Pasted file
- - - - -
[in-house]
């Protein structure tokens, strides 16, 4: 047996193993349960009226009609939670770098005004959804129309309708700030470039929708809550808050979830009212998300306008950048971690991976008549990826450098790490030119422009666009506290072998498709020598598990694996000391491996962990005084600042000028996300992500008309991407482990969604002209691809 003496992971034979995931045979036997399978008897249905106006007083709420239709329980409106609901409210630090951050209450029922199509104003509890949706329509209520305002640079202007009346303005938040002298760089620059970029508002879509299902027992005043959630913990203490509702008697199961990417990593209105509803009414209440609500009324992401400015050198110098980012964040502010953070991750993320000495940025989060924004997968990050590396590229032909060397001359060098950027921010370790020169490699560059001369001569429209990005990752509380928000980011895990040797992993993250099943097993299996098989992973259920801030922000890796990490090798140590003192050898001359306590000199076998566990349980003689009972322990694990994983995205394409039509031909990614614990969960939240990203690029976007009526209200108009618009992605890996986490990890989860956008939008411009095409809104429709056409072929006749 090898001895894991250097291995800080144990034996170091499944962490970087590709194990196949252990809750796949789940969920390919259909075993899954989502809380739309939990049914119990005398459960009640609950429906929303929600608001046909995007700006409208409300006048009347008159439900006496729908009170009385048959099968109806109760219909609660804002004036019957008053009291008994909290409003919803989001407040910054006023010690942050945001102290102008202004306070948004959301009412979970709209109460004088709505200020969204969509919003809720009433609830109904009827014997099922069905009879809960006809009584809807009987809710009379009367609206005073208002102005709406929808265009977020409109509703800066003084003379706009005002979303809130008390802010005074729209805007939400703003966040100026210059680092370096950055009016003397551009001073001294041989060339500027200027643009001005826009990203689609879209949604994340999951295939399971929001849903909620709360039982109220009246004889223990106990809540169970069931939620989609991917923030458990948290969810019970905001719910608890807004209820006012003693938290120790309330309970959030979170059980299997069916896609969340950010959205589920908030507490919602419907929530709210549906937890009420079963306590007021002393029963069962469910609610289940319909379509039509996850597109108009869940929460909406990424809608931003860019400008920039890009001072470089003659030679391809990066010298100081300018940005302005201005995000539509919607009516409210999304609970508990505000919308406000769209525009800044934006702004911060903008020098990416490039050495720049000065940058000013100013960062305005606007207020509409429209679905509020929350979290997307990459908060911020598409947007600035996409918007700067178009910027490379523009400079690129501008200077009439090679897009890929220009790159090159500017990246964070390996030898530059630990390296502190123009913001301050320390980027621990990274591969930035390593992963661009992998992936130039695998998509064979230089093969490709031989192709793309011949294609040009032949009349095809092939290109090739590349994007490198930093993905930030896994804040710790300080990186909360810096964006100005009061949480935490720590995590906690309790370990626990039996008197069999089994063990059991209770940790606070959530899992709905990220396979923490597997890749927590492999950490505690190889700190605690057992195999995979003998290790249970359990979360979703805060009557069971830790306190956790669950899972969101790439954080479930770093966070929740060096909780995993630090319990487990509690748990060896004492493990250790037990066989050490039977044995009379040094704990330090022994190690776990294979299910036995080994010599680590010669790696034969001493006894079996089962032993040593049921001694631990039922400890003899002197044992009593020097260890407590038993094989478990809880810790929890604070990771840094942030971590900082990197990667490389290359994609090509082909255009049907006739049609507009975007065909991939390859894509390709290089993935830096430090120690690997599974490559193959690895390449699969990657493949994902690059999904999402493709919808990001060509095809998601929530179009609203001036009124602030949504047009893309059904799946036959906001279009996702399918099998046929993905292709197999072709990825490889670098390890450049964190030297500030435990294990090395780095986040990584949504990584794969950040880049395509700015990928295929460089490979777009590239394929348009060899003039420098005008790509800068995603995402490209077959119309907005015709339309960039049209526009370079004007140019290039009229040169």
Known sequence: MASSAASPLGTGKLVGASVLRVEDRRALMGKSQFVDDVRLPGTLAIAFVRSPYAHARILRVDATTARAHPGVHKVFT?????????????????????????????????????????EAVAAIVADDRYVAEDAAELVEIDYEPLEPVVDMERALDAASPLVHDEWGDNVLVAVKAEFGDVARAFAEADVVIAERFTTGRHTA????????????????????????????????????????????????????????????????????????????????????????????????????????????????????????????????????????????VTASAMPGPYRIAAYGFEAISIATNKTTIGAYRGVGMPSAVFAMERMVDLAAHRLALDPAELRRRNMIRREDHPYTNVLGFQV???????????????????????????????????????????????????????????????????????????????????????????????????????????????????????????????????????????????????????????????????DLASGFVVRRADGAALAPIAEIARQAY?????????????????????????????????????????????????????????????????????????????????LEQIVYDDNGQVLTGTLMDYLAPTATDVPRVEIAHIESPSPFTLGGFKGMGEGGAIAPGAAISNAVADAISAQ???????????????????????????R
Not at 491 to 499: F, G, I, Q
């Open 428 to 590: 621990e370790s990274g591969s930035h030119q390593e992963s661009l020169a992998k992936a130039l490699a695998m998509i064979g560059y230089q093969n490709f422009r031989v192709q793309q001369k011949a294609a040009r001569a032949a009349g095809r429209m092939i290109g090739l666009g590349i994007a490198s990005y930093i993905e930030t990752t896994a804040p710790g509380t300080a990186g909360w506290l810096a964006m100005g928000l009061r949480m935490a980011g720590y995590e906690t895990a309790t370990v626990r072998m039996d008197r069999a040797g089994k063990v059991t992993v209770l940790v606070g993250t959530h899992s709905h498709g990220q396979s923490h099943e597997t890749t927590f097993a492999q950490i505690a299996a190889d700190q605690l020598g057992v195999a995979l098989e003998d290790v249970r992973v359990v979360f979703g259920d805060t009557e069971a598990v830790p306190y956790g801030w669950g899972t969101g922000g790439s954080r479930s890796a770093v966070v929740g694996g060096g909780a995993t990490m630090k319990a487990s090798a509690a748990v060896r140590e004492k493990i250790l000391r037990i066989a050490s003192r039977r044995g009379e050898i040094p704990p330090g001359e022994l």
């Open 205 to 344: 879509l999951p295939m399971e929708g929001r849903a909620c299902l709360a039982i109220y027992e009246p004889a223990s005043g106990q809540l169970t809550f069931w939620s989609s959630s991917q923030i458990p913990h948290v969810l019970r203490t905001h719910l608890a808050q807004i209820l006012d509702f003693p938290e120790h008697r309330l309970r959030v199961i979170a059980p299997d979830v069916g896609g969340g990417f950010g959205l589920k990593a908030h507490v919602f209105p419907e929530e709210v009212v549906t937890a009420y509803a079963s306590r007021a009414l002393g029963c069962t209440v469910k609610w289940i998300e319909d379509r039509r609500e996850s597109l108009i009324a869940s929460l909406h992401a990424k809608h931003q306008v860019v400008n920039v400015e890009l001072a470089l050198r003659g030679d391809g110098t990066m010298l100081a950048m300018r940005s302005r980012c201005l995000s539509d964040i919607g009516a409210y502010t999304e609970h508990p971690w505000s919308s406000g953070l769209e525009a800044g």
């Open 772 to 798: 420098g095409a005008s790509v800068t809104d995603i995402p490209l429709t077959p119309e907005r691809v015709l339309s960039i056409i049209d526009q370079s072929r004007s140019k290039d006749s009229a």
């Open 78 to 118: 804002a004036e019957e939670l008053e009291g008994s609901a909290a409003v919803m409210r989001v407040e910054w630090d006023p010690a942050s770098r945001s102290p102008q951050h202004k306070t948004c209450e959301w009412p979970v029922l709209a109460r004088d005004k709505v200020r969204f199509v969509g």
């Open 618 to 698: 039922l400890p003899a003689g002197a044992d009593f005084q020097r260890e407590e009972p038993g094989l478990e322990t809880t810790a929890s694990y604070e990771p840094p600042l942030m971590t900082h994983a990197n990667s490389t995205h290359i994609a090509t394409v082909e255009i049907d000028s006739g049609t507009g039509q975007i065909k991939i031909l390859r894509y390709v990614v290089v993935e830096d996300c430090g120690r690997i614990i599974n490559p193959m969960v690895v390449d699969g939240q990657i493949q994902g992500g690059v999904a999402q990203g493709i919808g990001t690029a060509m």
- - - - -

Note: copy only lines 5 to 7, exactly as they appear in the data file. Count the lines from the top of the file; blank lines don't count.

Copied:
């Open 428 to 590: 621990e370790s990274g591969s930035h030119q390593e992963s661009l020169a992998k992936a130039l490699a695998m998509i064979g560059y230089q093969n490709f422009r031989v192709q793309q001369k011949a294609a040009r001569a032949a009349g095809r429209m092939i290109g090739l666009g590349i994007a490198s990005y930093i993905e930030t990752t896994a804040p710790g509380t300080a990186g909360w506290l810096a964006m100005g928000l009061r949480m935490a980011g720590y995590e906690t895990a309790t370990v626990r072998m039996d008197r069999a040797g089994k063990v059991t992993v209770l940790v606070g993250t959530h899992s709905h498709g990220q396979s923490h099943e597997t890749t927590f097993a492999q950490i505690a299996a190889d700190q605690l020598g057992v195999a995979l098989e003998d290790v249970r992973v359990v979360f979703g259920d805060t009557e069971a598990v830790p306190y956790g801030w669950g899972t969101g922000g790439s954080r479930s890796a770093v966070v929740g694996g060096g909780a995993t990490m630090k319990a487990s090798a509690a748990v060896r140590e004492k493990i250790l000391r037990i066989a050490s003192r039977r044995g009379e050898i040094p704990p330090g001359e022994l």
């Open 205 to 344: 879509l999951p295939m399971e929708g929001r849903a909620c299902l709360a039982i109220y027992e009246p004889a223990s005043g106990q809540l169970t809550f069931w939620s989609s959630s991917q923030i458990p913990h948290v969810l019970r203490t905001h719910l608890a808050q807004i209820l006012d509702f003693p938290e120790h008697r309330l309970r959030v199961i979170a059980p299997d979830v069916g896609g969340g990417f950010g959205l589920k990593a908030h507490v919602f209105p419907e929530e709210v009212v549906t937890a009420y509803a079963s306590r007021a009414l002393g029963c069962t209440v469910k609610w289940i998300e319909d379509r039509r609500e996850s597109l108009i009324a869940s929460l909406h992401a990424k809608h931003q306008v860019v400008n920039v400015e890009l001072a470089l050198r003659g030679d391809g110098t990066m010298l100081a950048m300018r940005s302005r980012c201005l995000s539509d964040i919607g009516a409210y502010t999304e609970h508990p971690w505000s919308s406000g953070l769209e525009a800044g």
């Open 772 to 798: 420098g095409a005008s790509v800068t809104d995603i995402p490209l429709t077959p119309e907005r691809v015709l339309s960039i056409i049209d526009q370079s072929r004007s140019k290039d006749s009229a």